Your goals are yours. :-)

Sarah said...

@SFG I am married. Have been for almost 4 years now. I met the man who I married almost 9 years ago now (gah! has it been that long?) when I was nearly 100 pounds heavier. I'm pretty sure it is not what I look like that is important to him. Besides like I said, I have my own definitions of beauty, never will society tell me that I am not good enough. And if they do, screw them. Every one is entitled to their opinion, I'm just not going to agree. I know at 50 I still walk out my door with head held high.
As for health I care about it a great deal. I won't go into it here, but my system doesn't work the way it should sometimes. Scary and frustrating, but I eat well and leave it at that. It's fitness that I struggle with which is basically what this post is about, Maybe if I wasn't in so much pain I would embrace it the way others have.

Raina, thanks for stopping by and leaving a comment. :c) I've been thinking about this post for a while and yesterday was a rough day for me. Those two sentences captured exactly how I feel about myself and my body currently. And I know I don't need to achieve any one else's goals... sometimes it just gets a little lonely being one of the only few for whom fitness isn't one of them.

Loved your post by the way, send him the link? The only way to get people to be less judgmental is to call them out on it.

Sarah said...

That should say that I hope at 50 I'll still walk out the door with my head held high.

Also, my mom at 58 is the most beautiful woman I know.

Anonymous said...

Just as you have succeeded at weight loss and at keeping it off, I imagine you will overcome this internalized tyranny which bothers you from time to time.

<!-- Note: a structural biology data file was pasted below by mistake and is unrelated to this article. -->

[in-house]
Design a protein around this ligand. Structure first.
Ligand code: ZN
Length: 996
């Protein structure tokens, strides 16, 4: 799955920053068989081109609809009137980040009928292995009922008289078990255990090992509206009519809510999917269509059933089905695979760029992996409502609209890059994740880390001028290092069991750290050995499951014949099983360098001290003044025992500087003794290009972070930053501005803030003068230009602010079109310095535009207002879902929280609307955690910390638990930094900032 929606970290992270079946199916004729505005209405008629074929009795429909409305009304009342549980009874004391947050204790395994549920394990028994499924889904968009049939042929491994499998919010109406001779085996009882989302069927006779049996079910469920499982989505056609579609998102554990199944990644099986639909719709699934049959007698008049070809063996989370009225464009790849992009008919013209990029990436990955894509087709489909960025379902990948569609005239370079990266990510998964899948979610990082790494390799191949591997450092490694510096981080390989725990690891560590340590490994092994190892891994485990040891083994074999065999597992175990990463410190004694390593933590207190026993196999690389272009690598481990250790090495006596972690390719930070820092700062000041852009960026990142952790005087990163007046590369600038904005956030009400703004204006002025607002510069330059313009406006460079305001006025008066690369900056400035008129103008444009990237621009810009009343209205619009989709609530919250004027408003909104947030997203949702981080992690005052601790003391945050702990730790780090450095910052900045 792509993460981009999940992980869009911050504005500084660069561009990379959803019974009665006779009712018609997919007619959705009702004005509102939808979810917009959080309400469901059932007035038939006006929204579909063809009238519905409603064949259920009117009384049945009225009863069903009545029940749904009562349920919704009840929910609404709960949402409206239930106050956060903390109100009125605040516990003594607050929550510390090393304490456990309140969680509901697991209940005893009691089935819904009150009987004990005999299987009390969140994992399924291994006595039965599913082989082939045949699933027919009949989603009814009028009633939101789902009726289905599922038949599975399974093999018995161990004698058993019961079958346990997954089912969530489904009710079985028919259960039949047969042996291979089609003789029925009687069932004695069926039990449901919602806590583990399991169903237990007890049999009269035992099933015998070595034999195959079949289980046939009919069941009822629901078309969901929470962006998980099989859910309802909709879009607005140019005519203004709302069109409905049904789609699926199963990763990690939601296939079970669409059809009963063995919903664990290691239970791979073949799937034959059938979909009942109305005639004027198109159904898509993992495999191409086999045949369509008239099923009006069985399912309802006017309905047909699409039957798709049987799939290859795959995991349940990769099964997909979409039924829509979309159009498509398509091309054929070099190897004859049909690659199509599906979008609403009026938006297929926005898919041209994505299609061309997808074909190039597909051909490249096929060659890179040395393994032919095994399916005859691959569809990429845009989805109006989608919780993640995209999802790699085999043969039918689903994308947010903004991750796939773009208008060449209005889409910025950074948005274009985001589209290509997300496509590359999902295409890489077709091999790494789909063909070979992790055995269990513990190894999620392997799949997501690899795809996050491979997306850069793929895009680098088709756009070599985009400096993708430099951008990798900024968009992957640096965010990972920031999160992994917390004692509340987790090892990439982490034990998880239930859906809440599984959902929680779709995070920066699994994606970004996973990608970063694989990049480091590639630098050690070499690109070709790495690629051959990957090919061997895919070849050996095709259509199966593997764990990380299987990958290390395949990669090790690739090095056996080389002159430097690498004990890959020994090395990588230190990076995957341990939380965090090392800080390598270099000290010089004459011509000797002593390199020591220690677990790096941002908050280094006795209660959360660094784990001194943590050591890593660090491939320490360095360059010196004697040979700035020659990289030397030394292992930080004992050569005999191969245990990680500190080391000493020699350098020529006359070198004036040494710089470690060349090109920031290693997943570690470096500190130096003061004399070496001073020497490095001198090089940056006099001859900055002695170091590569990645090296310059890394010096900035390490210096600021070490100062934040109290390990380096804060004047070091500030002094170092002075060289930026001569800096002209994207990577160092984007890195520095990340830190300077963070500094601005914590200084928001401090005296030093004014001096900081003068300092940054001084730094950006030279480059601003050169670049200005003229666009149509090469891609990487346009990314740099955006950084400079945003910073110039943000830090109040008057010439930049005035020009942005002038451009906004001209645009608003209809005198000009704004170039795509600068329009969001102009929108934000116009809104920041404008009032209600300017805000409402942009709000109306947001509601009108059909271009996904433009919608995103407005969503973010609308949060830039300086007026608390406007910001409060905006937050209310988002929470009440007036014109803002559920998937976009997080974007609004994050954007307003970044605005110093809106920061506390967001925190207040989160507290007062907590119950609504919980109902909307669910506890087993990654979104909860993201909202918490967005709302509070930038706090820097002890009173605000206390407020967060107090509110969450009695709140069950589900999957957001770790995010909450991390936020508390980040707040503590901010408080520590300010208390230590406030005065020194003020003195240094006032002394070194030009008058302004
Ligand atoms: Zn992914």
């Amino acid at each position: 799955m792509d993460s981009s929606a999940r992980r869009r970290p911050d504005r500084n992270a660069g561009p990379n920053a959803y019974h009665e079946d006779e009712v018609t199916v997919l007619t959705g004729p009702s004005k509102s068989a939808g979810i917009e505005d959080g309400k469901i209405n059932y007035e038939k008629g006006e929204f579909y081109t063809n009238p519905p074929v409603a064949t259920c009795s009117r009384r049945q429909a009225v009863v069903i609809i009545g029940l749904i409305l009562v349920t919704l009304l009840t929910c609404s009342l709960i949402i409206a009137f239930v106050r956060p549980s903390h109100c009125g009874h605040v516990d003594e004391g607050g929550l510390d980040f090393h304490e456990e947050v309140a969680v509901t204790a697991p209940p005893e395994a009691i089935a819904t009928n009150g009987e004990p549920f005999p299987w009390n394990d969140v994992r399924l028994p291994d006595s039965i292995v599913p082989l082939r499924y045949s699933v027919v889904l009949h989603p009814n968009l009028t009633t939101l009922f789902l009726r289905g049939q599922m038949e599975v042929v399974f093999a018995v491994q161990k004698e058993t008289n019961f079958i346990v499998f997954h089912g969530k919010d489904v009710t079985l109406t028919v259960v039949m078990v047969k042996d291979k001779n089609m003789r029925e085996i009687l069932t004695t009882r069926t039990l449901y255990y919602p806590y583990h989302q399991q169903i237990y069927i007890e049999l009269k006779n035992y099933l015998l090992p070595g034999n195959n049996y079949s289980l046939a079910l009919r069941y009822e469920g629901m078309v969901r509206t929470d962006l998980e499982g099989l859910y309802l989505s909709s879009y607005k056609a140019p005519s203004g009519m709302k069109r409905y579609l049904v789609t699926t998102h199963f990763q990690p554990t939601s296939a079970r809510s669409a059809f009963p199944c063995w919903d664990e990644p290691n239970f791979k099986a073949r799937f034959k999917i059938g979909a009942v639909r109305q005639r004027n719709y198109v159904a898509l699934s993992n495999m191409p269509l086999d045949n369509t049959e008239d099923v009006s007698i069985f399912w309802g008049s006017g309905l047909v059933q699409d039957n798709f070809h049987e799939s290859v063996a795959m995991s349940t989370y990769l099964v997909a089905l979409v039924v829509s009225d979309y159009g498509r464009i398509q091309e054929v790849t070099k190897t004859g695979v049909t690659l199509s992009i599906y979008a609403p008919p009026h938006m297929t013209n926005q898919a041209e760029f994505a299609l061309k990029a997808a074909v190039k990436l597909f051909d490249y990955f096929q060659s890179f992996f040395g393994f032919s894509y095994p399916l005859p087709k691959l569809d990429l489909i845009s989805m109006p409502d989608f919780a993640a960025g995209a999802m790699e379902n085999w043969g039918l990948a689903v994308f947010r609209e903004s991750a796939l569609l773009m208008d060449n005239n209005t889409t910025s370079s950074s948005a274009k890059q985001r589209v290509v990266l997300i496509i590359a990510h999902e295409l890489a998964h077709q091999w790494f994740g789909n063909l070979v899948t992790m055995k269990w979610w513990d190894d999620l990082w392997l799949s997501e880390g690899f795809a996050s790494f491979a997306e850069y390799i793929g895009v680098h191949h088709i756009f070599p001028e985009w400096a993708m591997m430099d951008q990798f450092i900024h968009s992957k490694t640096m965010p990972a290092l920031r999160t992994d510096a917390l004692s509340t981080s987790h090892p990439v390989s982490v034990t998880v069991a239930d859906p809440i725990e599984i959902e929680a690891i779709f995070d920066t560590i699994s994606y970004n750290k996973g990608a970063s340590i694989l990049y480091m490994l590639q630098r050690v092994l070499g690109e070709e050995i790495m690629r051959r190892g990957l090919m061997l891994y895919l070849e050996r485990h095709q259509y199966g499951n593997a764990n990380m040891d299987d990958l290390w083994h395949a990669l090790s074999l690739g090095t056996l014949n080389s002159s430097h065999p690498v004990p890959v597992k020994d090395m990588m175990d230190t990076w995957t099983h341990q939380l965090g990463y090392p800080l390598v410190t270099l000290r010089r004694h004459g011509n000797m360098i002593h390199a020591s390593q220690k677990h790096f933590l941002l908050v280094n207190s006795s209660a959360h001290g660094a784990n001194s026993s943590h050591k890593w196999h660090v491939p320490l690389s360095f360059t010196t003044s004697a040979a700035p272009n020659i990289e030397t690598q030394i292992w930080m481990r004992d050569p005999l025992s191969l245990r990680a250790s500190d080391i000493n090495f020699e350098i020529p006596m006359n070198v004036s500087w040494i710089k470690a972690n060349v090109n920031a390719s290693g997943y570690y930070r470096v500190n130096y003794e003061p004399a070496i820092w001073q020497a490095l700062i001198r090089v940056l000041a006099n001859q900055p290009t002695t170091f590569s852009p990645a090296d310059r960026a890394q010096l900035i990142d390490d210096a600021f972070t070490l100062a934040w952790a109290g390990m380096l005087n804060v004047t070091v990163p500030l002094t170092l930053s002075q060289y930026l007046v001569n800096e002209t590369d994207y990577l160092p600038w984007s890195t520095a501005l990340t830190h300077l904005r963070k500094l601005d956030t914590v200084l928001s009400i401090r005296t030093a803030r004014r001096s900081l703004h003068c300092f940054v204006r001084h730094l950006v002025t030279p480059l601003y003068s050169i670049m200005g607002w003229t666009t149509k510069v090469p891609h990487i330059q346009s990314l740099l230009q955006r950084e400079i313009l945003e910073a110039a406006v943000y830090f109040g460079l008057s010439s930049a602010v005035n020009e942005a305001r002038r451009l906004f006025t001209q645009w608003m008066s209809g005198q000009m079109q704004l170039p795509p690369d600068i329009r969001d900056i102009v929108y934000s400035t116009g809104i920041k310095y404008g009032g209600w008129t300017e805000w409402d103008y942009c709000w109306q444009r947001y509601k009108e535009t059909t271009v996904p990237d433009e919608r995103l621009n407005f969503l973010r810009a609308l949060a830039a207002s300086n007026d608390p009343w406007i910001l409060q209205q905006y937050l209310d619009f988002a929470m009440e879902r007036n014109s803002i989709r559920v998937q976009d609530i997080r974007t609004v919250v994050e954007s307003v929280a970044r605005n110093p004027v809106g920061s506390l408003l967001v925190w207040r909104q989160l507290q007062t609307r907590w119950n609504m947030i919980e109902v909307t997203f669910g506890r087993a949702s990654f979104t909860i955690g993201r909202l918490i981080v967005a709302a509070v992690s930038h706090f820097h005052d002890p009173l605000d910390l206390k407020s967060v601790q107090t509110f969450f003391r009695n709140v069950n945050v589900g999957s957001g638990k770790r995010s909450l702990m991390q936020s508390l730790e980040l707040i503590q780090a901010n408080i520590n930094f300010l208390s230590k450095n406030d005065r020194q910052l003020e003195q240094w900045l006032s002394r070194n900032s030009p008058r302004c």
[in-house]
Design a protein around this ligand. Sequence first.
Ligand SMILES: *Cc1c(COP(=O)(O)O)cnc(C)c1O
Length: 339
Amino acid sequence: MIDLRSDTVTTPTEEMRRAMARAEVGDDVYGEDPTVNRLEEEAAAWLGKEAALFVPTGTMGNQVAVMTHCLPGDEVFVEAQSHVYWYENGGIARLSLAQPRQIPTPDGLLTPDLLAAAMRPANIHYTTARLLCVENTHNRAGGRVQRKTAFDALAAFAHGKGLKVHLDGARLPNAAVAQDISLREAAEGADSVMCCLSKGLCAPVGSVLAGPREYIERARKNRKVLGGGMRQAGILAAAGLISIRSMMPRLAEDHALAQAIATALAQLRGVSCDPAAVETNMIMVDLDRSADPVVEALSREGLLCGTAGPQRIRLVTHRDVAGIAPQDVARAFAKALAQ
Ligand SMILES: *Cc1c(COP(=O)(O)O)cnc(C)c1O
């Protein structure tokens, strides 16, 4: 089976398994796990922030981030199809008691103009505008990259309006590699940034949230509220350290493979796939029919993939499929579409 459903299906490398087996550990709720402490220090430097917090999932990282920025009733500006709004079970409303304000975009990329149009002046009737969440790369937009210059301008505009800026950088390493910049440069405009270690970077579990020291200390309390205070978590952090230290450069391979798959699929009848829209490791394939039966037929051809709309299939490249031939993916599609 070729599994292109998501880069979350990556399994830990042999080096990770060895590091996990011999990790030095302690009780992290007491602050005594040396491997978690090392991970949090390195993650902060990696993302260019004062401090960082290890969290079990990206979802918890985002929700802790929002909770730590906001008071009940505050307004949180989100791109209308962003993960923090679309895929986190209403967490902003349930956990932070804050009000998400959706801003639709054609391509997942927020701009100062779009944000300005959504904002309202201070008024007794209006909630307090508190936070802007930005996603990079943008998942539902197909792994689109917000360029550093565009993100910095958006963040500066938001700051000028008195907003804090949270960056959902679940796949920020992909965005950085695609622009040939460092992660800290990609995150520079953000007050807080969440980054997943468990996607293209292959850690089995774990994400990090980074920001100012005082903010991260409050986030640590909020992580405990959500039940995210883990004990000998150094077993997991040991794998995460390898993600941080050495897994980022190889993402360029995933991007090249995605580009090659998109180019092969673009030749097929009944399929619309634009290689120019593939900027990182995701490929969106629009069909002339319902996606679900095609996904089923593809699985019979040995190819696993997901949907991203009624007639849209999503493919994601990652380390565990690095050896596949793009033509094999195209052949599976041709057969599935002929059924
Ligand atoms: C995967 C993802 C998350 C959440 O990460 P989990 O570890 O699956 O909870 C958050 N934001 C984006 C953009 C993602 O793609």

I really appreciate that you are sharing this particular aspect of maintenance because I am just starting to lose weight again after a plateau lasting years and for complicated reasons I won't go into here I am limited in the amount of physical activity I can pursue.(Um, does something that long still qualify as a plateau?) When I read about the amount of gym related or running related activities that some bloggers describe I am almost dumbfounded. Part of me wishes I could do all those amazing workouts and part of me is relieved that my body refuses...I suspect I might have become an exercise bulimic (if that's the right term) or exercise junkie (you know, to the point where it becomes obsessive/compulsive and unhealthy).

Meh. I hope that makes sense.

Anyway...

Maybe the following link will help put some things in perspective for you. If not, feel free to delete it and my comments here with no hard feelings on my part. The linked article is moving and well written, but the comments that follow it are perhaps even more eloquent and also speak so beautifully about the kinds of internalized inadequacy that women who were fat as children often carry with them. When I read the many comments, I thought of you and wondered if maybe some of the childhood cultural messages you picked up long ago (about overweight kids as athletes) were lingering for you.

http://www.fatshionista.com/cms/index.php?option=com_mojo&Itemid=69&p=362#more-362

--Robin

Sarah said...

Thanks Robin, I've been over there, I'll give the link a read. Mostly this is about pain. :c(

♥ Kenz ♥ said...

You know I work out for a couple of hours almost every day. And, for me, it's part of the process. But I can't imagine anyone telling you that you're wrong. You've already done it, and you're maintaining quite well. Forget societal norms..I'm with you there.

You are beautiful and strong even if your knee would disagree. I think you're fantastic, and you know I'm right.